Tomita gave me some good insights not only on the social practice of meeting someone anonymously using telephone-based networks but, more importantly, how to analytically frame and think through how extant social imaginaries can become part of new technosocial practices. Tomita starts by describing a children’s picture book called Arashi no Yoruni (One Stormy Night) that describes a goat and a wold who find shelter from a storm together in a pitch-black shack. They become friends, not knowing that their relationship is hunter and prey. This “anonymity shield” provides the architecture for anonymous, intimate configurations of social beings. It resonates with an existing imaginary —” having engaging contact with strangers and even foes anonymously. The intimate stranger can only count as — new —? in that the technosocial resources that facilitate the configuration provides the shield of anonymity. From a mobile social software design perspective, the — intimate stranger —? is a technosocial design composed of anonymity networks, the fluidity of social action at a distance that mobility allows, the desire for intimate contact.

Tomita draws a two axes chart — intimacy by anonymity – with four quadrants — stranger, acquaintance, friend/lover and intimate stranger. The intimate stranger is in the high intimacy/high anonymity quadrant in the upper left.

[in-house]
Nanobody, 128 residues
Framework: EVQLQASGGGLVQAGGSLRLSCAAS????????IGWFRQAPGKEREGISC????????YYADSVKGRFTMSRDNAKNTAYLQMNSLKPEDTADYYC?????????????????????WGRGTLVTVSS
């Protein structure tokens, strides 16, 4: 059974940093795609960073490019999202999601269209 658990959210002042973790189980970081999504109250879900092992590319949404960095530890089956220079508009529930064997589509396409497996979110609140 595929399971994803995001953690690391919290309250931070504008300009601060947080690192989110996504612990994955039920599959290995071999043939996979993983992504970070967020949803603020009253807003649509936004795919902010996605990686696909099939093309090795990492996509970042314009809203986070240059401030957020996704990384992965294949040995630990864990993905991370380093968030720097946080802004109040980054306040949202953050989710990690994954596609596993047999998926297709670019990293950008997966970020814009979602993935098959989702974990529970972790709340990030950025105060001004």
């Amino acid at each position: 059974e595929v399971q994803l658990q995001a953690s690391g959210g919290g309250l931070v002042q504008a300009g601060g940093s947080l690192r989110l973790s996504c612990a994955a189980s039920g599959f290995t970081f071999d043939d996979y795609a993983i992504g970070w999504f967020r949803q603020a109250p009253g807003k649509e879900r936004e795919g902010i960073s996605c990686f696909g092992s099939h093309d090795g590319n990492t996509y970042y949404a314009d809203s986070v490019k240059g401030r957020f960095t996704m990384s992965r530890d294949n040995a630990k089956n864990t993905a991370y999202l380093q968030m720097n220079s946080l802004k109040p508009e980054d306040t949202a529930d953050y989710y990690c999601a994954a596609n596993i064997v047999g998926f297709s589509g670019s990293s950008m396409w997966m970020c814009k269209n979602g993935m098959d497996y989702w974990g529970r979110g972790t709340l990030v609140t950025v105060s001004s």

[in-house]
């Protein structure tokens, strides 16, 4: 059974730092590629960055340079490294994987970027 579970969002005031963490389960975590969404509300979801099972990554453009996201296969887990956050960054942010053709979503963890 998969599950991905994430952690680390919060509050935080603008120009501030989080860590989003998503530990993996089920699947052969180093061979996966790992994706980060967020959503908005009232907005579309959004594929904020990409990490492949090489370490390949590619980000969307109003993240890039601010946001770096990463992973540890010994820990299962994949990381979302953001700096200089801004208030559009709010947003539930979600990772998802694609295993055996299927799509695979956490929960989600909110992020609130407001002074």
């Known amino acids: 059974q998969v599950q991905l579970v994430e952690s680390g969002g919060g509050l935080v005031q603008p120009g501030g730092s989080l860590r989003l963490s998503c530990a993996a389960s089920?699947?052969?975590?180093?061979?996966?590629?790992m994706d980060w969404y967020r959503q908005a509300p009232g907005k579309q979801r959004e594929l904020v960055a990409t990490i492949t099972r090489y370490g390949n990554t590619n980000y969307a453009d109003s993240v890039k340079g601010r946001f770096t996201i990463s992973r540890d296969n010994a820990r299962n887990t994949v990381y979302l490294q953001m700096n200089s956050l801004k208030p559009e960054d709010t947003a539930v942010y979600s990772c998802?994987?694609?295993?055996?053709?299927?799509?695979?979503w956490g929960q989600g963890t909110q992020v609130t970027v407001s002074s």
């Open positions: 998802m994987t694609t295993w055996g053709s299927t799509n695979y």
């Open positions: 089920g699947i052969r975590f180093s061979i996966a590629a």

The unique characteristics of communication with intimate strangers can be understood in comparison to eearlier communication patterns. Originally, the telephone was used for conversations with friends or to relay messages. When we talked with people we did not know, it was for business or for making an inquiry to customer service — in short, the purpose was purely instrumental. When traditional telephone communication was positioned on a grid of acquaintance versus stranger and instrumental (servicing as a means to an end) veruss consummate (existing as the end itself), one quadrant remained empty: the one representing stranger and consummate. This quadrant was filled by the new telephone communication between intimate strangers.